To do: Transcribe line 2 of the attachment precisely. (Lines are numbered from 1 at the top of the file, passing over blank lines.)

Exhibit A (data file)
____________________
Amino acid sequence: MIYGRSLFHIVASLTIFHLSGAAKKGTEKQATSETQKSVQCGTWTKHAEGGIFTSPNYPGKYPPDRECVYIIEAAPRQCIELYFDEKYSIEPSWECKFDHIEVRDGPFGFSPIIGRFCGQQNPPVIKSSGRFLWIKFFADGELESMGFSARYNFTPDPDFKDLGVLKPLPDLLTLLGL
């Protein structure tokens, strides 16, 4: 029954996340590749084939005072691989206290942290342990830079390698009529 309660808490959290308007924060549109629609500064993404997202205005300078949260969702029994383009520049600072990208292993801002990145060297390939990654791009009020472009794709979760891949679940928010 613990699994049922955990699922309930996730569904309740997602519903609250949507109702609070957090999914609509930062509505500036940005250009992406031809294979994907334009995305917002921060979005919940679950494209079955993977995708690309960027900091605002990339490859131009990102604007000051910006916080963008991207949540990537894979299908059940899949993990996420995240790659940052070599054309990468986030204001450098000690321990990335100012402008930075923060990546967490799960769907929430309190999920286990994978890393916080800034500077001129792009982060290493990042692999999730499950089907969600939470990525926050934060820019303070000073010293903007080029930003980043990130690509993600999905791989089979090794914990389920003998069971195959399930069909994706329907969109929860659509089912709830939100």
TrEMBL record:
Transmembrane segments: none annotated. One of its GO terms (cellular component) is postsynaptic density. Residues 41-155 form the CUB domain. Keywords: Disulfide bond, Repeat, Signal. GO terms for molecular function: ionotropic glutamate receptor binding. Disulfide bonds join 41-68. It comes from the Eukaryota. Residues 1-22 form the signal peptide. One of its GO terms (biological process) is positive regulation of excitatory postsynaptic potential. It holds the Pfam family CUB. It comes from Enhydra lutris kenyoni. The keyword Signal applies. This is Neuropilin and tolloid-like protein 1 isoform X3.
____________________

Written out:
């Protein structure tokens, strides 16, 4: 029954996340590749084939005072691989206290942290342990830079390698009529 309660808490959290308007924060549109629609500064993404997202205005300078949260969702029994383009520049600072990208292993801002990145060297390939990654791009009020472009794709979760891949679940928010 613990699994049922955990699922309930996730569904309740997602519903609250949507109702609070957090999914609509930062509505500036940005250009992406031809294979994907334009995305917002921060979005919940679950494209079955993977995708690309960027900091605002990339490859131009990102604007000051910006916080963008991207949540990537894979299908059940899949993990996420995240790659940052070599054309990468986030204001450098000690321990990335100012402008930075923060990546967490799960769907929430309190999920286990994978890393916080800034500077001129792009982060290493990042692999999730499950089907969600939470990525926050934060820019303070000073010293903007080029930003980043990130690509993600999905791989089979090794914990389920003998069971195959399930069909994706329907969109929860659509089912709830939100």